Tender – It may seem contradictory to list both tough and tender among the traits that parents should possess, but I assure you they’re both important. As much as we need to lay down rules and boundaries and enforce them, as much as we need to be resilient and steadfast, we also need to be caring and reassuring. Kids need discipline, but they also need to hear that we still love them after they’ve received it. They need boundaries, but they also need hugs. They need us to be leaders, but they also need us to be there to listen. No matter how hard a day we’ve had, my kids always hear that I love them before bed and get hugs. They all know that I’m available to talk about anything whenever they need me, even though I’m the same person who makes sure they follow the rules. Tough and tender parents have kids who know boundaries and know love.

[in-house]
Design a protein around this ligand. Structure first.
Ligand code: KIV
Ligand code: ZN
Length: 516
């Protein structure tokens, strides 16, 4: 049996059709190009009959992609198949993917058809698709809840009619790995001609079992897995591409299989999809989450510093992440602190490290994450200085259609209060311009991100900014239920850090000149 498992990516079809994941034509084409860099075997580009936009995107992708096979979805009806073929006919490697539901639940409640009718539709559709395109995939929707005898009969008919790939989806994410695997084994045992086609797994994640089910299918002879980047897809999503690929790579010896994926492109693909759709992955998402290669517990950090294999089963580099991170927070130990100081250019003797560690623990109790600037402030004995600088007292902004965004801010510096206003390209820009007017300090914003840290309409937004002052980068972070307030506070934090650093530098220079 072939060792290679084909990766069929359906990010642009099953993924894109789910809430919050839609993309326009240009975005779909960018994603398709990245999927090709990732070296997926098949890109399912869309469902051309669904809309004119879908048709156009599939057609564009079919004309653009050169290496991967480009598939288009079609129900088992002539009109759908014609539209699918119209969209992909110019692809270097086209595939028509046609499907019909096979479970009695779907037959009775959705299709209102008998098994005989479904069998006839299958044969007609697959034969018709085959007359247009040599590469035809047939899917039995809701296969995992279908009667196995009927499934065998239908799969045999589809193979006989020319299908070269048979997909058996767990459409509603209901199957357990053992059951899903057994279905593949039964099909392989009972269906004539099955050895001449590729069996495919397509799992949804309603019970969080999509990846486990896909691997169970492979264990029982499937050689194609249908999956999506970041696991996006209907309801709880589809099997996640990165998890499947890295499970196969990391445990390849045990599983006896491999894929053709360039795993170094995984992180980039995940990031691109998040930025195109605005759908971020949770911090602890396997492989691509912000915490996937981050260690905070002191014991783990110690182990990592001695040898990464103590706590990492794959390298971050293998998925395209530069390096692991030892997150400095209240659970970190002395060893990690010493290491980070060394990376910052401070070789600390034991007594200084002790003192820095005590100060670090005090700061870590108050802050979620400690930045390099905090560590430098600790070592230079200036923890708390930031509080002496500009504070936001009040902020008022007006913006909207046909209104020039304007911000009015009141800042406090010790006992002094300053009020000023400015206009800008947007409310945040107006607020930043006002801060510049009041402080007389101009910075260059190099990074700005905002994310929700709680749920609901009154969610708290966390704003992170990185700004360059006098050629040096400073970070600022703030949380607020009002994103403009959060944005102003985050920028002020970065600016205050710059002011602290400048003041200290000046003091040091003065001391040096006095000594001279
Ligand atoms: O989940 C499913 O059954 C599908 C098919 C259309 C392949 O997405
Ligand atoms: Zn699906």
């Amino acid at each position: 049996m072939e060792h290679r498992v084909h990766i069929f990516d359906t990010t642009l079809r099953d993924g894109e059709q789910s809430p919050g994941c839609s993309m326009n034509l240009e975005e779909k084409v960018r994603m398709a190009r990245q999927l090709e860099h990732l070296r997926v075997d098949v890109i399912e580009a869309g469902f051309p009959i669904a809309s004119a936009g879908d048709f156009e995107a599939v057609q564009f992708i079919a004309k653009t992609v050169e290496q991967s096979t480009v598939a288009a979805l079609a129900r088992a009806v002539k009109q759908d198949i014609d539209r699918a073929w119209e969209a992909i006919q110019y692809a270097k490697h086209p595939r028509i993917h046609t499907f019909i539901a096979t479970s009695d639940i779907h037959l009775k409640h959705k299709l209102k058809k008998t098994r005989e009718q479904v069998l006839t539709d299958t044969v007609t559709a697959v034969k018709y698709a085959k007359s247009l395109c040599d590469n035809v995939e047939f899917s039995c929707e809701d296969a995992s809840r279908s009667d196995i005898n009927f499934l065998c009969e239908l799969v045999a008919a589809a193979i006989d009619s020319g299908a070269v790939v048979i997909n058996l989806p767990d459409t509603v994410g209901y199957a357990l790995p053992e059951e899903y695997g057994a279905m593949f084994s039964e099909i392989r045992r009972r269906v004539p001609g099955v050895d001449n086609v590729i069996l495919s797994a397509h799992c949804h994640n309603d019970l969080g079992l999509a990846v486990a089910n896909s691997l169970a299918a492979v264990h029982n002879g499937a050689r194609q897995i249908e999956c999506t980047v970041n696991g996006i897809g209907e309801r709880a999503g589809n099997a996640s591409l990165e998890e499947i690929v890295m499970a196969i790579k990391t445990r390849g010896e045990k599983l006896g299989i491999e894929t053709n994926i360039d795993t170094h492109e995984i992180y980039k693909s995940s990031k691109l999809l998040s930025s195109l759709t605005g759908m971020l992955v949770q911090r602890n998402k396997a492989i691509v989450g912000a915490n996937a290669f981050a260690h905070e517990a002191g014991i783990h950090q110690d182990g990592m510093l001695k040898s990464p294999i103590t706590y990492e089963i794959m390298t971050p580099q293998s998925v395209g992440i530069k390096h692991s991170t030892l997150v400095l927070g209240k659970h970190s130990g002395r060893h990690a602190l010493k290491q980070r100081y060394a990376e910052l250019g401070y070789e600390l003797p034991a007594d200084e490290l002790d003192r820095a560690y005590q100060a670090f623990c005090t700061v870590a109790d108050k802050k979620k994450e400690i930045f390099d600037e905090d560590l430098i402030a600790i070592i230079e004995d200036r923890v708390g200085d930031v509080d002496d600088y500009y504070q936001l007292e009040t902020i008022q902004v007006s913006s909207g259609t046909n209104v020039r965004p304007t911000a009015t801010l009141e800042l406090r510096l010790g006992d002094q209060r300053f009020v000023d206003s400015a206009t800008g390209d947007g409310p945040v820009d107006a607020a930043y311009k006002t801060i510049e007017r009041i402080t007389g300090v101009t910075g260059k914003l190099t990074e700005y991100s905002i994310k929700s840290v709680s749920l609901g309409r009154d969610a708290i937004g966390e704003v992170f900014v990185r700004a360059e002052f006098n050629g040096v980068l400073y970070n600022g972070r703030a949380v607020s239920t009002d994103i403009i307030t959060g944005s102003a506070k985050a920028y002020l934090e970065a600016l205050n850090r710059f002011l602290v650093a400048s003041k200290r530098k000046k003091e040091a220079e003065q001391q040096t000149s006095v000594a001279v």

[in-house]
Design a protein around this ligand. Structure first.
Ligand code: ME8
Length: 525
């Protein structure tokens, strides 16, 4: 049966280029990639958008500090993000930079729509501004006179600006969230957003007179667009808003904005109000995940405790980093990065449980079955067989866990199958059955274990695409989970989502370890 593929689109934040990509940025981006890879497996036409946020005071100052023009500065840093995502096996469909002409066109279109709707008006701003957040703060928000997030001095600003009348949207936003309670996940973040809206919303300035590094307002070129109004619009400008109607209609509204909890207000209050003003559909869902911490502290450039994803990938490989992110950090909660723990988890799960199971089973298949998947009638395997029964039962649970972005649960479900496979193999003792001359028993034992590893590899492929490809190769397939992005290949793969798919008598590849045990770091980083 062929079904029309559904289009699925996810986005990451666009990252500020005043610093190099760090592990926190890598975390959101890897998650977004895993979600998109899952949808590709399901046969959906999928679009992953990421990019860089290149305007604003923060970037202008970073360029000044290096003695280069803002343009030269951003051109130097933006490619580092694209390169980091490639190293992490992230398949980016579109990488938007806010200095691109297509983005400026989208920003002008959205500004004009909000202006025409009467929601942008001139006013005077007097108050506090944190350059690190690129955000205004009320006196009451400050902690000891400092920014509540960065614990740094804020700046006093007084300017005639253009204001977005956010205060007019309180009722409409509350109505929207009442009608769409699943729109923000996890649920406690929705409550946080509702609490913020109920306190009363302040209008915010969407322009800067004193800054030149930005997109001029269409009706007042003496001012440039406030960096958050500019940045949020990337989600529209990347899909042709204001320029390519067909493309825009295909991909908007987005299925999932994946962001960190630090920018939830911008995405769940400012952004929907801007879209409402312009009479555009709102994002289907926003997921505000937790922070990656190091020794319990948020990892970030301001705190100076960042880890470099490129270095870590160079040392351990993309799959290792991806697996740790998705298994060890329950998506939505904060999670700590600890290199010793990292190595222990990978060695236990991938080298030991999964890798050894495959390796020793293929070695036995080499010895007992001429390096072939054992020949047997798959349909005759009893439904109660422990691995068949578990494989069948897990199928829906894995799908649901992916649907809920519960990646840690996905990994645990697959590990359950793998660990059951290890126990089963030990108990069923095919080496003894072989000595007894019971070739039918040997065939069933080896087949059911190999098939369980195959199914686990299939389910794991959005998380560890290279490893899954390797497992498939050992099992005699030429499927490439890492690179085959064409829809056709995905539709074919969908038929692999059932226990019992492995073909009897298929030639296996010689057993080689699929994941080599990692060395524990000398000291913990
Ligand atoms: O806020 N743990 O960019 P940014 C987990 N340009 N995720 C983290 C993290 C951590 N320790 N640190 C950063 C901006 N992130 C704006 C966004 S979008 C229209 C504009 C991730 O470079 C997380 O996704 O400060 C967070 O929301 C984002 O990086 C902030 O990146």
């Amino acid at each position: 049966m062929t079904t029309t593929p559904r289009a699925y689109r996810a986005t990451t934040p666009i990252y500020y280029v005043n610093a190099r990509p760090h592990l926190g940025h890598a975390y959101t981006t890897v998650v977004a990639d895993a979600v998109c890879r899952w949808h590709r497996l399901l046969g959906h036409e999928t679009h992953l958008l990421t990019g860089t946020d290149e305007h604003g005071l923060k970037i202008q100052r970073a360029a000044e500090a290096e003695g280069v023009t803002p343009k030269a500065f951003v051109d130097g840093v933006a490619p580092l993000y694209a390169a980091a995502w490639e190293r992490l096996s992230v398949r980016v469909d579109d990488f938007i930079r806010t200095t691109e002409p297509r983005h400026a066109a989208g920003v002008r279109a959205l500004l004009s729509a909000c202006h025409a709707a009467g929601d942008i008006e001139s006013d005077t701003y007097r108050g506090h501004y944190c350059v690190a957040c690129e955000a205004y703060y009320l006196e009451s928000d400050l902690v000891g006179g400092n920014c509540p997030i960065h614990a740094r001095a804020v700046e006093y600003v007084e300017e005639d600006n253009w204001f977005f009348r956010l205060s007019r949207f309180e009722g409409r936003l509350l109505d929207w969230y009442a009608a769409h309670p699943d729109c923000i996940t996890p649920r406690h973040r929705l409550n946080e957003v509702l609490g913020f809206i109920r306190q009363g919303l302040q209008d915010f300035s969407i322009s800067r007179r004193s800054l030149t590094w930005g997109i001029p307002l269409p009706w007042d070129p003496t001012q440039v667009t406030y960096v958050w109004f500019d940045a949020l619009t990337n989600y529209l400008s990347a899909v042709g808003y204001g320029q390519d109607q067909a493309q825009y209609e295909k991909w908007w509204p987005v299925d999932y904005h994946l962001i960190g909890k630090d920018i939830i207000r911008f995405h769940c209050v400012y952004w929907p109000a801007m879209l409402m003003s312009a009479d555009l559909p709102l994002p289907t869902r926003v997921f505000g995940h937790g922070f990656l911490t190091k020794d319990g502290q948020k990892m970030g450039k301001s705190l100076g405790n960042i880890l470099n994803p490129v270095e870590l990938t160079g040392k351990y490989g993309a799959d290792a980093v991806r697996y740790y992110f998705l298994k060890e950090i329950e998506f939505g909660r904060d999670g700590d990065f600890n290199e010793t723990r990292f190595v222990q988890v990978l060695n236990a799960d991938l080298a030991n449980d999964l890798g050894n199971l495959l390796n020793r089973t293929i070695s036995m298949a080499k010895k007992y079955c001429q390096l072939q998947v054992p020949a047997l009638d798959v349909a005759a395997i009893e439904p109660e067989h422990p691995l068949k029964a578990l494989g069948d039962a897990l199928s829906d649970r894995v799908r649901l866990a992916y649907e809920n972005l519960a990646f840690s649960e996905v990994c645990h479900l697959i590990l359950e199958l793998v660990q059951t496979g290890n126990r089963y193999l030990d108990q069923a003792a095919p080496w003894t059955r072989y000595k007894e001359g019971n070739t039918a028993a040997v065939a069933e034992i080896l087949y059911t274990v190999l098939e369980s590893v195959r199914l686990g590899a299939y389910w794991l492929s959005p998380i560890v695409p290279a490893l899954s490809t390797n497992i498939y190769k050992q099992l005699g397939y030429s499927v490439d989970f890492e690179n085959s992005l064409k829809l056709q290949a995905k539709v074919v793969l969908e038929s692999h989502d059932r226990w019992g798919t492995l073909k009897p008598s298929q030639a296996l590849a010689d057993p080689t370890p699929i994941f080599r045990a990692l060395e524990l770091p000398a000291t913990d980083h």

Empowering – I’ve already said I don’t advocate helicopter parenting. I believe that kids need they support of their parents to really achieve. Of course, we can’t let them go do every wild thing they may want to try, but within set boundaries, we should let them be free to explore and use the talents they were born with. Some of the most successful people on this planet had parents who took a role in their dreams, encouraged them along the way, and helped them to develop their skills. We can all be that for our kids, but it’s so easy to crush their dreams because we think what they want to do is impractical, impulsive, or just foolish. We’ve got to remove our egos from the equation and look at things from a different perspective.